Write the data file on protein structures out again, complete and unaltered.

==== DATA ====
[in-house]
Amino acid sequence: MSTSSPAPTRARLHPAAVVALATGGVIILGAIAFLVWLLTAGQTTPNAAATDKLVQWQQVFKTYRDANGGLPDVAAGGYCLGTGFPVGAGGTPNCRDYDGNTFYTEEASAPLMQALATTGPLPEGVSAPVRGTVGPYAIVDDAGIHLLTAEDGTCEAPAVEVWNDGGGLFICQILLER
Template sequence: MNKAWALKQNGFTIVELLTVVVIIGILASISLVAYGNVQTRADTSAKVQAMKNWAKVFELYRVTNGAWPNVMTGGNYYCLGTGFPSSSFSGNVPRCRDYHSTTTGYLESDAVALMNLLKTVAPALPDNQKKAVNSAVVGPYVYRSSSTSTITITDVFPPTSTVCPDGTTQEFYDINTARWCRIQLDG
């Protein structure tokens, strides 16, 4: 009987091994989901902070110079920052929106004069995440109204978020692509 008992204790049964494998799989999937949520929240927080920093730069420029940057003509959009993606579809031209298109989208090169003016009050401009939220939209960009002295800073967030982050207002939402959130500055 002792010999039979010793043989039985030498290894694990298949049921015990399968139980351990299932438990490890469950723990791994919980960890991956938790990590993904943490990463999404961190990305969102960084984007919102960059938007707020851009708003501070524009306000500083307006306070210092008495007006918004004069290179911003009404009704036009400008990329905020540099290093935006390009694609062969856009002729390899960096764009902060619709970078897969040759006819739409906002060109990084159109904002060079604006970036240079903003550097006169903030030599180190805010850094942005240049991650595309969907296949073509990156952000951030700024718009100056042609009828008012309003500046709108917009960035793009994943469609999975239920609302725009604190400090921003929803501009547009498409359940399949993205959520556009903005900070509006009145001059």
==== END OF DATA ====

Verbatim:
[in-house]
Amino acid sequence: MSTSSPAPTRARLHPAAVVALATGGVIILGAIAFLVWLLTAGQTTPNAAATDKLVQWQQVFKTYRDANGGLPDVAAGGYCLGTGFPVGAGGTPNCRDYDGNTFYTEEASAPLMQALATTGPLPEGVSAPVRGTVGPYAIVDDAGIHLLTAEDGTCEAPAVEVWNDGGGLFICQILLER
Template sequence: MNKAWALKQNGFTIVELLTVVVIIGILASISLVAYGNVQTRADTSAKVQAMKNWAKVFELYRVTNGAWPNVMTGGNYYCLGTGFPSSSFSGNVPRCRDYHSTTTGYLESDAVALMNLLKTVAPALPDNQKKAVNSAVVGPYVYRSSSTSTITITDVFPPTSTVCPDGTTQEFYDINTARWCRIQLDG
């Protein structure tokens, strides 16, 4: 009987091994989901902070110079920052929106004069995440109204978020692509 008992204790049964494998799989999937949520929240927080920093730069420029940057003509959009993606579809031209298109989208090169003016009050401009939220939209960009002295800073967030982050207002939402959130500055 002792010999039979010793043989039985030498290894694990298949049921015990399968139980351990299932438990490890469950723990791994919980960890991956938790990590993904943490990463999404961190990305969102960084984007919102960059938007707020851009708003501070524009306000500083307006306070210092008495007006918004004069290179911003009404009704036009400008990329905020540099290093935006390009694609062969856009002729390899960096764009902060619709970078897969040759006819739409906002060109990084159109904002060079604006970036240079903003550097006169903030030599180190805010850094942005240049991650595309969907296949073509990156952000951030700024718009100056042609009828008012309003500046709108917009960035793009994943469609999975239920609302725009604190400090921003929803501009547009498409359940399949993205959520556009903005900070509006009145001059």